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One on One with Mark Adams
June 28, 2001 | Tuncer Deniz
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Having ported classics such as Air Combat, Links LS, and Unreal Tournament, Mark Adams is probably the most well known celebrity in the Mac games arena. One on One with Mark Adams, a new monthly feature at Inside Mac Games, is essentially a conversation between two old friends talking about various Mac game related topics. The impromptu conversation deals with topics such as the strength of the overall Mac market, OS X, Apple, and more.


Tuncer: The first thing I'm really curious to hear your thoughts on are the overall health of the Mac games market. How do you think things are looking? Especially compared to last year?

Mark: I think the market is pretty healthy. We're getting a good mix of games (fps, role playing, strategy, consumer), and sales seem to be building from a couple years ago. The average game sales aren't going up quite as fast as we'd like, but they aren't going down. And the big hit games like The Sims have done extremely well - I think better than even optimistic projections a year ago, right before it was released.

What is the vibe you get from publishers about the market over the past few quarters?

Tuncer: I certainly get that feeling as well. I think with companies like Aspyr and MacSoft leading the pack and new comers like MacPlay and Destineer start to mature a bit, we'll see an increasing amount of titles on the Mac. I am, however, worried about there being too many Mac game publishers, especially if they each have to start competing against each other by bidding on the same tiles....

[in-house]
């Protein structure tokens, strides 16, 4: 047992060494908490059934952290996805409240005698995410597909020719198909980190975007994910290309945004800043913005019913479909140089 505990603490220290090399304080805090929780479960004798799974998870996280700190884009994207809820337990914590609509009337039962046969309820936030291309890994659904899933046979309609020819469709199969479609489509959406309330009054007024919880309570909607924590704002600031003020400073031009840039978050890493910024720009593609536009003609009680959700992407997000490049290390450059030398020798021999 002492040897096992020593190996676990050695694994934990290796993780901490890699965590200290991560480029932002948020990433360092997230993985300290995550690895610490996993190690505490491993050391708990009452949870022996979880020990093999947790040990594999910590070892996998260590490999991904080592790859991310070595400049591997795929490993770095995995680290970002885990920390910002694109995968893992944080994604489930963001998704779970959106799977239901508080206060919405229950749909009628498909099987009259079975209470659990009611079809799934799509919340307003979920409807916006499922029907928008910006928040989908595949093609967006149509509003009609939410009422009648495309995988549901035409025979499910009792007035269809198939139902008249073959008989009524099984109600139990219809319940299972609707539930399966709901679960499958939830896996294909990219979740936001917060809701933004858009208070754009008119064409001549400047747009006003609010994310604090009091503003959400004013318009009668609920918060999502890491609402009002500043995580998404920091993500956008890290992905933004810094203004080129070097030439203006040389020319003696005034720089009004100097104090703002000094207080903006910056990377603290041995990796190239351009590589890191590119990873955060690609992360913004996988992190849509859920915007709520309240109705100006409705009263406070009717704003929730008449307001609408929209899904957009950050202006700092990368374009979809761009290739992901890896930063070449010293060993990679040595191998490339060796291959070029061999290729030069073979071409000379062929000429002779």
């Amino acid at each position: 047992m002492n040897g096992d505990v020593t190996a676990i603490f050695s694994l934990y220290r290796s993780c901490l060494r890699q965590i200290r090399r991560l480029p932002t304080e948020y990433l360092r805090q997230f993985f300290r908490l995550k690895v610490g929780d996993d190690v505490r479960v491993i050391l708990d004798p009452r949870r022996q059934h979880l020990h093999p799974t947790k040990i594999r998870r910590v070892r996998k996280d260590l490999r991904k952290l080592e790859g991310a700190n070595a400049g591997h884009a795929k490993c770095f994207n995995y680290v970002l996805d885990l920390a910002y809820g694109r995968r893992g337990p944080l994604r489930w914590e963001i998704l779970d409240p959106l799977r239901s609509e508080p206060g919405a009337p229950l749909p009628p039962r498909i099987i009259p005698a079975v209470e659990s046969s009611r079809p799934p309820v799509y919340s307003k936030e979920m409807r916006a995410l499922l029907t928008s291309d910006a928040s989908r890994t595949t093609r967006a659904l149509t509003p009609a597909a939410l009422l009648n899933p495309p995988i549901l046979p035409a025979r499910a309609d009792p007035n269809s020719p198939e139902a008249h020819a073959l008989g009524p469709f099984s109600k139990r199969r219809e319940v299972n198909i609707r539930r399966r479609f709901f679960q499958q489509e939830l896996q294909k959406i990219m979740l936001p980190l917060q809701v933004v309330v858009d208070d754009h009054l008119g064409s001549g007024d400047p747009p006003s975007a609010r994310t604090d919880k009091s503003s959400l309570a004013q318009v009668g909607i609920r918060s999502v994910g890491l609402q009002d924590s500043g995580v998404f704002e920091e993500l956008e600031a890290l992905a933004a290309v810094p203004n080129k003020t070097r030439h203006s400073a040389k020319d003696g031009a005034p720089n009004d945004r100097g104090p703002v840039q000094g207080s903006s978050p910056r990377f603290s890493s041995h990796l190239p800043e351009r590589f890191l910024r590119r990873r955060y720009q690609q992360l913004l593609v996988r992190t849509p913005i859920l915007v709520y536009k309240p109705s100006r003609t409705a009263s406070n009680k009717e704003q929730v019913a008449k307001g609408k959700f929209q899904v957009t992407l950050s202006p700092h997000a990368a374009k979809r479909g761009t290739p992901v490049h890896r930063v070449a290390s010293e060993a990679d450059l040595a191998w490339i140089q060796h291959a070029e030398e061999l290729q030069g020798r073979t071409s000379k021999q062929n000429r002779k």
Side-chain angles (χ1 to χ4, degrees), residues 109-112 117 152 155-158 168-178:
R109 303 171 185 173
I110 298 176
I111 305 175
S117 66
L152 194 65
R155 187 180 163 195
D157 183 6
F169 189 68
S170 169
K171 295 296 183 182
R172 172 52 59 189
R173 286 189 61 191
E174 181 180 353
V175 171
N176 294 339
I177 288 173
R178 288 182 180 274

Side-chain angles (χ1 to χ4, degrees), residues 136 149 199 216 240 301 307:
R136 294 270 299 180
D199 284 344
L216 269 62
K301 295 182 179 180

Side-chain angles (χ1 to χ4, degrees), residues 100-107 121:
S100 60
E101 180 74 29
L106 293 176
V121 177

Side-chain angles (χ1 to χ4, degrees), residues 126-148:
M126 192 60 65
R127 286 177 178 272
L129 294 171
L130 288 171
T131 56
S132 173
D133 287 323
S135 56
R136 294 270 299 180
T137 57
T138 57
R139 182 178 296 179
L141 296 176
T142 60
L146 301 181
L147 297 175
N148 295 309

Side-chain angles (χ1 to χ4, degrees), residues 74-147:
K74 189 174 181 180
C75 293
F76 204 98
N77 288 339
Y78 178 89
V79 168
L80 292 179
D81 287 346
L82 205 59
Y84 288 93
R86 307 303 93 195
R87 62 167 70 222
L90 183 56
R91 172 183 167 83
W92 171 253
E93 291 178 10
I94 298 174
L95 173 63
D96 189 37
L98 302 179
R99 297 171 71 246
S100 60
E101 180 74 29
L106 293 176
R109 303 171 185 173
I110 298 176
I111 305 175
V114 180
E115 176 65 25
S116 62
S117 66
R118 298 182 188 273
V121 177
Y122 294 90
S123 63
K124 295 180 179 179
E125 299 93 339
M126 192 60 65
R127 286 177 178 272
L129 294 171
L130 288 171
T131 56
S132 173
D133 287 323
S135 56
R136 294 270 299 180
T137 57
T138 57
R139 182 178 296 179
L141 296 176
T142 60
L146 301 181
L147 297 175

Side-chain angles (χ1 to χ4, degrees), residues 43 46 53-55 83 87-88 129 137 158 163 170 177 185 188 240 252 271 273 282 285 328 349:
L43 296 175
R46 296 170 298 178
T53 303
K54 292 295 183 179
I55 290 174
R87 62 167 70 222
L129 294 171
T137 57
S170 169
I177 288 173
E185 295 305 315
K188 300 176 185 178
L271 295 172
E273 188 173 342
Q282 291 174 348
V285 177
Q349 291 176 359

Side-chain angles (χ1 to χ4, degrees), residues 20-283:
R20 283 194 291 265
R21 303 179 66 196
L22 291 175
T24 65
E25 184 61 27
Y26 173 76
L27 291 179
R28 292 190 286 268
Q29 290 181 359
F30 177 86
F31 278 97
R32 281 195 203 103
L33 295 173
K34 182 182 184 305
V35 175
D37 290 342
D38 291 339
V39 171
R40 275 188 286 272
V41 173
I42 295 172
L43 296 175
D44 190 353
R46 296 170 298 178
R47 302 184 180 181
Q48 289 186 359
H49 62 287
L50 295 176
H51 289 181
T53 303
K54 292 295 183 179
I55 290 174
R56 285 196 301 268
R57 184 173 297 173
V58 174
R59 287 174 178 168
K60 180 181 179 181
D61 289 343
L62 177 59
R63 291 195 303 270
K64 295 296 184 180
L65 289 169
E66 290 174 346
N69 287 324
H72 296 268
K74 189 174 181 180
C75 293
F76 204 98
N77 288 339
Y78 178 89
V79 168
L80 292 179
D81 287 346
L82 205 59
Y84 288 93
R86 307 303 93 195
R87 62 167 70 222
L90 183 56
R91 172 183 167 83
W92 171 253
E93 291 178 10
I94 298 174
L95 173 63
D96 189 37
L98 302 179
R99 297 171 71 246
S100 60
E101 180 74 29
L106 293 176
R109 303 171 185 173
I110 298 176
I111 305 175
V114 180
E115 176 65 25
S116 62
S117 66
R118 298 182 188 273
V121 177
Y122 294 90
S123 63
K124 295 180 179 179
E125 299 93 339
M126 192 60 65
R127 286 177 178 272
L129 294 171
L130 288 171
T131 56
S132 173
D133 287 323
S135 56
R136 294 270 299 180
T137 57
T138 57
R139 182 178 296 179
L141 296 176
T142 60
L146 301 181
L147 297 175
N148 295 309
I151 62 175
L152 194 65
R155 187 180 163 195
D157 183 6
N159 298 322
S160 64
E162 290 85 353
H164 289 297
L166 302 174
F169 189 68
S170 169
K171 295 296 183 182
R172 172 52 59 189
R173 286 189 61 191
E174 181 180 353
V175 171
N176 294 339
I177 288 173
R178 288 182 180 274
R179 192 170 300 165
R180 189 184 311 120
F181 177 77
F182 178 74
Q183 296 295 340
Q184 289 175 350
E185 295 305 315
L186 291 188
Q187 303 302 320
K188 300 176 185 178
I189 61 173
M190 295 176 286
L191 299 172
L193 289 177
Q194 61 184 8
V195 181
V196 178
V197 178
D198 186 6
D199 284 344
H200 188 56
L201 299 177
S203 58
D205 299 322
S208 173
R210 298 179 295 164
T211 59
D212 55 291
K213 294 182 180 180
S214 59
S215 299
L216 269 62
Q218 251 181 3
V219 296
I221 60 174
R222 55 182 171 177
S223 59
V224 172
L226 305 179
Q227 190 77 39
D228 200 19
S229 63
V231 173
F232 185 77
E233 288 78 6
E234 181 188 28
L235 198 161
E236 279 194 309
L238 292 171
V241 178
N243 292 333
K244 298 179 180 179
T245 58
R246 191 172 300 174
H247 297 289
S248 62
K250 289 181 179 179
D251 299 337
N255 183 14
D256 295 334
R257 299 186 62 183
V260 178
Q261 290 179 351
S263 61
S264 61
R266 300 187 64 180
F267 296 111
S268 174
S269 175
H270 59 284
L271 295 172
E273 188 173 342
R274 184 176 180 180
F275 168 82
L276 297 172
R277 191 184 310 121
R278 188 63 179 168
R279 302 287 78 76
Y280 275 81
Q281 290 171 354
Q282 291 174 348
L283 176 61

But at this point it looks like each of those companies is working with specific partners who don't have open bidding. So overall I hope it works out for everybody.

Mark: I think that has already happened. We've had a few titles over the past year that two or three publishers were all bidding for (and interestingly once or twice we ended up reviewing code for the same game for multiple publishers). I don't want to see those situations get ugly either - we try to stay neutral. We generally give the same bid for our work to whichever publisher contacts us, and figure the actually negotiations for the rights will then hinge more on the Mac publishers pitch than worries about if the port will be better from one or the other.

Tuncer: So, speaking of new publishers...let's talk Destineer. Peter Tamte is finally making some noise and I was pretty jazzed to see his announcements. How long have you guys been working on Age of Empires II and how is it coming along?

Mark: We've been working on it a few months, and itís coming along nicely. I'm anxious to see it at alpha/beta, because I never played the AOE series on Mac or PC. Itís definitely a large project, but we have two of our key programmers on it- Mark Krenek (who most recently did Tony Hawk Pro Skater 2) and Brad Oliver (just finished Alice).



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